Military budget faces major overhaul
NBC NATIONAL NEWS — President Obama rolled out a new strategy for cutting the military budget by hundreds of billions of dollars Wednesday.
In a rare appearance at the Pentagon, Mr. Obama put his personal stamp on the new, smaller military budget, a change in priorities after a decade of war in Iraq and Afghanistan.
"The world must know the United States is going to maintain our military superiority with armed forces that are agile, flexible and ready for the full range of contingencies and threats," he said.
At least $480-billion will be cut over the next decade, but details won't come out until after the president releases his budget next month.
Secretary of Defense Leon Panetta says everything was on the table, including health plans for retirees, but he promised benefits for those who served.
"We are going to protect ah the benefits that are provided to our um troops and to their families. At the same time, as I said, we have some responsibility to try and control costs in this area," he said.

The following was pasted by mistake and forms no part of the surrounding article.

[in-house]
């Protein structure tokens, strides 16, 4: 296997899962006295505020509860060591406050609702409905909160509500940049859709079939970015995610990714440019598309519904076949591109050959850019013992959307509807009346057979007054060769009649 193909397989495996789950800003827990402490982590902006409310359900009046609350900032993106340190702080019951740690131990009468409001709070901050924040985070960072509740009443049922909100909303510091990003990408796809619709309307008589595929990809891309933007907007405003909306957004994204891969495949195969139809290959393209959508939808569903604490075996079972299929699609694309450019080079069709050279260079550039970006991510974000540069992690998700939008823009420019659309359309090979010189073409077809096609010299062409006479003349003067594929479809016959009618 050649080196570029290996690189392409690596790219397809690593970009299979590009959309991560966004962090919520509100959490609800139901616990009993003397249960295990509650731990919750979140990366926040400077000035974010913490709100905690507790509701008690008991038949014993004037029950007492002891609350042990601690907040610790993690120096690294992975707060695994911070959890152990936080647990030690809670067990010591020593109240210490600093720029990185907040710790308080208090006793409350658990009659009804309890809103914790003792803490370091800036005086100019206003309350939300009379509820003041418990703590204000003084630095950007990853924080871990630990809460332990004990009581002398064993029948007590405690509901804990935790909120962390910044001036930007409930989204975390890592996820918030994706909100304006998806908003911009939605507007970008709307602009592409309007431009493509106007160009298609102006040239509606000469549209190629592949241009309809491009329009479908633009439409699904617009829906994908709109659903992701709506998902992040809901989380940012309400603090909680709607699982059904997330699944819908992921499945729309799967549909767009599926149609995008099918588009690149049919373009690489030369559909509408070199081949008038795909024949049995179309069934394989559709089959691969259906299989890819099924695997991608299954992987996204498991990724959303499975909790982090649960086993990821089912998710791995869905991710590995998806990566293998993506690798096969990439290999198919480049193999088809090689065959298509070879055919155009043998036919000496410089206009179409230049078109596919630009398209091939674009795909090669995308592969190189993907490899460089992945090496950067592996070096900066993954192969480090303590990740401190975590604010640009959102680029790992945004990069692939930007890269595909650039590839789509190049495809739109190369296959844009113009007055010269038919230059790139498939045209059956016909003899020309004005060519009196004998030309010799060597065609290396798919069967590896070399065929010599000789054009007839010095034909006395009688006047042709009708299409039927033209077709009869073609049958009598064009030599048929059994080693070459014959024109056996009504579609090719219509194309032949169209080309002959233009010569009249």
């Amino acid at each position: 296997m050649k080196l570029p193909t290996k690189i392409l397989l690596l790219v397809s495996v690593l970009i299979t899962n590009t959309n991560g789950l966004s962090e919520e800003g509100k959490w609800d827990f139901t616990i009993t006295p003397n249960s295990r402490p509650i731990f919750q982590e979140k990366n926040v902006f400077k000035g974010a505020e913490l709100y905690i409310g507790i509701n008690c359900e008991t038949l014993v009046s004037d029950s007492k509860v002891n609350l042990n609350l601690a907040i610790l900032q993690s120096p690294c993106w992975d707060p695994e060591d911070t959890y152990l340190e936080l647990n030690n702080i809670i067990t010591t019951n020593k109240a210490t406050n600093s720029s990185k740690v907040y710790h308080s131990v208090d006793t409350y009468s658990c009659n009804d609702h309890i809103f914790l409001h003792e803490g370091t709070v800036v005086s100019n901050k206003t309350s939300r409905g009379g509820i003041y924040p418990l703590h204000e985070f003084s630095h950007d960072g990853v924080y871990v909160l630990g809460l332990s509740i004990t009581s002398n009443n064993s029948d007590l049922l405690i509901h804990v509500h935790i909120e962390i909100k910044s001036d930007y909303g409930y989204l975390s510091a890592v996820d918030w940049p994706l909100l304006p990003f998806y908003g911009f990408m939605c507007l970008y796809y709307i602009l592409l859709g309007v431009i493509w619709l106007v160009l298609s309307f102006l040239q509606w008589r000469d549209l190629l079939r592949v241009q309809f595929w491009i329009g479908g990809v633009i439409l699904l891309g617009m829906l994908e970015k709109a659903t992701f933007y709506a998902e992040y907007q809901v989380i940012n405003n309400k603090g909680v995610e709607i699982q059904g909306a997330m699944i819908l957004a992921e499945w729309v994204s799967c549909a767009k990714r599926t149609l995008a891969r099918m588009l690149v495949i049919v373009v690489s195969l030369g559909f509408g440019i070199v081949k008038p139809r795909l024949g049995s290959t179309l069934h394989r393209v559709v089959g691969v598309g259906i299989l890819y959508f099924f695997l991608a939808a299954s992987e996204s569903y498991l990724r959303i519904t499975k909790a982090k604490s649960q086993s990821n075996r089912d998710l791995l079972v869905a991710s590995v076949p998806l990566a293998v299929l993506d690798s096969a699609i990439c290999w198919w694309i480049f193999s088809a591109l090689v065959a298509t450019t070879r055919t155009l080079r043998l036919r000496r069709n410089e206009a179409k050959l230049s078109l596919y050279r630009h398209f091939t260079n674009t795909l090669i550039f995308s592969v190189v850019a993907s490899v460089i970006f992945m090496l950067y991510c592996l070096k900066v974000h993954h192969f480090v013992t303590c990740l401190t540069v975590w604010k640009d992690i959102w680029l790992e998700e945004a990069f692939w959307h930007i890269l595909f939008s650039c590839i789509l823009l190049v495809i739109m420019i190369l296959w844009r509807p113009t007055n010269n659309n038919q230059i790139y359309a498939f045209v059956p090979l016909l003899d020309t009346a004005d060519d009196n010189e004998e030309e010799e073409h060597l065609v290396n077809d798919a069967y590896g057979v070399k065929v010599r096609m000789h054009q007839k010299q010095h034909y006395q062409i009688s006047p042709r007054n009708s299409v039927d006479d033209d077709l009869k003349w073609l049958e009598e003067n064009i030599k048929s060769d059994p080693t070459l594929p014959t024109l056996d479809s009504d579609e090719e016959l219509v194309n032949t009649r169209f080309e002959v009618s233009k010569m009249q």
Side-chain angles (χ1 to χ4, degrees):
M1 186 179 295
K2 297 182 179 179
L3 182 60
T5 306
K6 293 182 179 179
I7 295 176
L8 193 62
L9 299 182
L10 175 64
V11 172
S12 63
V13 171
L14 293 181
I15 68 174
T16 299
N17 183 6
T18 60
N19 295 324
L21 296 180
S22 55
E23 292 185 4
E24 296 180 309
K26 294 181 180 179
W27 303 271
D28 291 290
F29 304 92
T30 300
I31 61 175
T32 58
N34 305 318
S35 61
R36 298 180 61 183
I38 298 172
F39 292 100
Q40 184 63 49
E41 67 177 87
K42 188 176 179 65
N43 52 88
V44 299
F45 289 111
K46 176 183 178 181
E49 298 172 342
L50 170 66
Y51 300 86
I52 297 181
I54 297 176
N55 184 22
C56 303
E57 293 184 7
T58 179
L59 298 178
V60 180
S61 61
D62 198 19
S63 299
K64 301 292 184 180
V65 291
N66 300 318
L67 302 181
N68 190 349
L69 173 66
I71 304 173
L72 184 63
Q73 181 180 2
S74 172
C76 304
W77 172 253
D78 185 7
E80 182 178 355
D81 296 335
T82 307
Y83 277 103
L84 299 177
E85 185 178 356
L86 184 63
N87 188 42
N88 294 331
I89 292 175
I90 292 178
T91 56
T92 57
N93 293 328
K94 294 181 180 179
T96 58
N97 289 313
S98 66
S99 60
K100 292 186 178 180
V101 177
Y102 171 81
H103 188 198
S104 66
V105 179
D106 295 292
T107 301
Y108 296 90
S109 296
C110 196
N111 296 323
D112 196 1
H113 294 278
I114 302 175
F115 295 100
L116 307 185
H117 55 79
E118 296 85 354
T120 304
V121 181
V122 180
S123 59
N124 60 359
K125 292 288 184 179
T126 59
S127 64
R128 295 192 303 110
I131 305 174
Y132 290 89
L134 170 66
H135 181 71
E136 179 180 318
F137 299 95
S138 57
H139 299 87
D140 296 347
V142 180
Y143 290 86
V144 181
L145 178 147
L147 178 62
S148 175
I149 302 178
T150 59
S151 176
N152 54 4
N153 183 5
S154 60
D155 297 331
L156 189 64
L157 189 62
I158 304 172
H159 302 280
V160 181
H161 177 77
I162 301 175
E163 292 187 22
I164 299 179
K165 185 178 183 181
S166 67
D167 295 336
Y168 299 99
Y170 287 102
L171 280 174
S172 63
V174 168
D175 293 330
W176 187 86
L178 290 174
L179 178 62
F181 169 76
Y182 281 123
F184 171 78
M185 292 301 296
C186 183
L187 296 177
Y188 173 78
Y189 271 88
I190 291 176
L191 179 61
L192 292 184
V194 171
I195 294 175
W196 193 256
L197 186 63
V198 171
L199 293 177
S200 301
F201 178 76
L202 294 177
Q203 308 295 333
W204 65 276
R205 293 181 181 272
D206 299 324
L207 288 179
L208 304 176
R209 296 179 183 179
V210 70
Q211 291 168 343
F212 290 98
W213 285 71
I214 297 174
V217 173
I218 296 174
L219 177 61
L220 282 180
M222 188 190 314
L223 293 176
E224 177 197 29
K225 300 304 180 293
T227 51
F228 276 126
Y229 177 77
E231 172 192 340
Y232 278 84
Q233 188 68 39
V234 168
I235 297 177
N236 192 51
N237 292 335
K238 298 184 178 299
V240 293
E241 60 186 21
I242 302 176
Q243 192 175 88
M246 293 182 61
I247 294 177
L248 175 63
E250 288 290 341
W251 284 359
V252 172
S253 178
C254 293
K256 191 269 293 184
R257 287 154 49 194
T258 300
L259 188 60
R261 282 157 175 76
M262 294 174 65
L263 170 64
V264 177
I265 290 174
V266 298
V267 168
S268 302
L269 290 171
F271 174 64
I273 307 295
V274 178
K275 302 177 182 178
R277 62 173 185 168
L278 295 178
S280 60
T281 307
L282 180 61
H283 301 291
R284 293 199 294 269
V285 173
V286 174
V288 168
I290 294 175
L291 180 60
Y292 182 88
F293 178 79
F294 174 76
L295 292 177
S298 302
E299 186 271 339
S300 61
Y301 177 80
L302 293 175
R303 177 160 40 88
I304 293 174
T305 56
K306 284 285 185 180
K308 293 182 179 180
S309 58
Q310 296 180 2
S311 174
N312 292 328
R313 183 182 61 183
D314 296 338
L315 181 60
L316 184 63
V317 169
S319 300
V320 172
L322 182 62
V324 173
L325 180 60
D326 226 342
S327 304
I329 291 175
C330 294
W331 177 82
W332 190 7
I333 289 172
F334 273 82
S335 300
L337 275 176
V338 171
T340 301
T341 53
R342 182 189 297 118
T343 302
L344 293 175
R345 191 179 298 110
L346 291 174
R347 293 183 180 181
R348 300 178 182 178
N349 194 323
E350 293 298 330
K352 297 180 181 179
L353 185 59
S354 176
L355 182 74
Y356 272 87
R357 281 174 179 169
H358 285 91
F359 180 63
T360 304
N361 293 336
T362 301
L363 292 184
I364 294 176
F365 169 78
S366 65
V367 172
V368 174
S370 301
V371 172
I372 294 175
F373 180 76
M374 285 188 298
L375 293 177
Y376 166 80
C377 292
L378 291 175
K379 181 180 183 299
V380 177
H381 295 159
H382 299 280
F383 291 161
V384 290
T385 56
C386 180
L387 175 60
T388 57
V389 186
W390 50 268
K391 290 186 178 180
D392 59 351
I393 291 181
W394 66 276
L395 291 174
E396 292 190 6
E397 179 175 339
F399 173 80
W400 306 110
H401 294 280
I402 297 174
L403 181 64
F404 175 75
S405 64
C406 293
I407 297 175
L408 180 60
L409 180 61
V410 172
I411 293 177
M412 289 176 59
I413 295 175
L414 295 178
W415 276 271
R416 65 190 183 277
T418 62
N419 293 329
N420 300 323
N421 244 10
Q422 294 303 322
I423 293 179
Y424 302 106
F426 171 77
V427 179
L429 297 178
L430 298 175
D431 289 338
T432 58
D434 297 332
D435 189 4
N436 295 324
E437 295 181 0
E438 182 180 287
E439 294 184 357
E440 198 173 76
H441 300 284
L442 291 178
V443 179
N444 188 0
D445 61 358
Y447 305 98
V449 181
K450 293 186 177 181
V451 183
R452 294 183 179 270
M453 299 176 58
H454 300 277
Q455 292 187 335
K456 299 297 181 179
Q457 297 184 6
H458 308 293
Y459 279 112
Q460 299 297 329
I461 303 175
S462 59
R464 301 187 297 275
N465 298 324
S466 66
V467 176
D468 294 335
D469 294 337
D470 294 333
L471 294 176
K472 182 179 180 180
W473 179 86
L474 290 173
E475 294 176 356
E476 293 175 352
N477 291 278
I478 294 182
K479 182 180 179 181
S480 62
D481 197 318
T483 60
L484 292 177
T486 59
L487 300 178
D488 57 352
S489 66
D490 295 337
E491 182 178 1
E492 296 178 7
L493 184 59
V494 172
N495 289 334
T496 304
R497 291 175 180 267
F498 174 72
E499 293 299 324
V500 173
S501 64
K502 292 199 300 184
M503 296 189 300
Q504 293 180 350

While cuts will be massive, there will be more investments in special operation forces and unmanned tools like drones.
Military experts say cutting troops on the ground is risky.
"Anytime you cut the force, which is what he's doing particularly when you cut the Army, any time you reduce the size of the force, you're taking risk," says Colonel Jack Jacobs (Ret.), an NBC Military analyst.
The Pentagon says the military will focus less on Europe now and more on the Asia-Pacific and middle east regions.
While the cuts are huge and more may come from Congress, the president says the defense budget will still be larger than it was at the end of the Bush administration.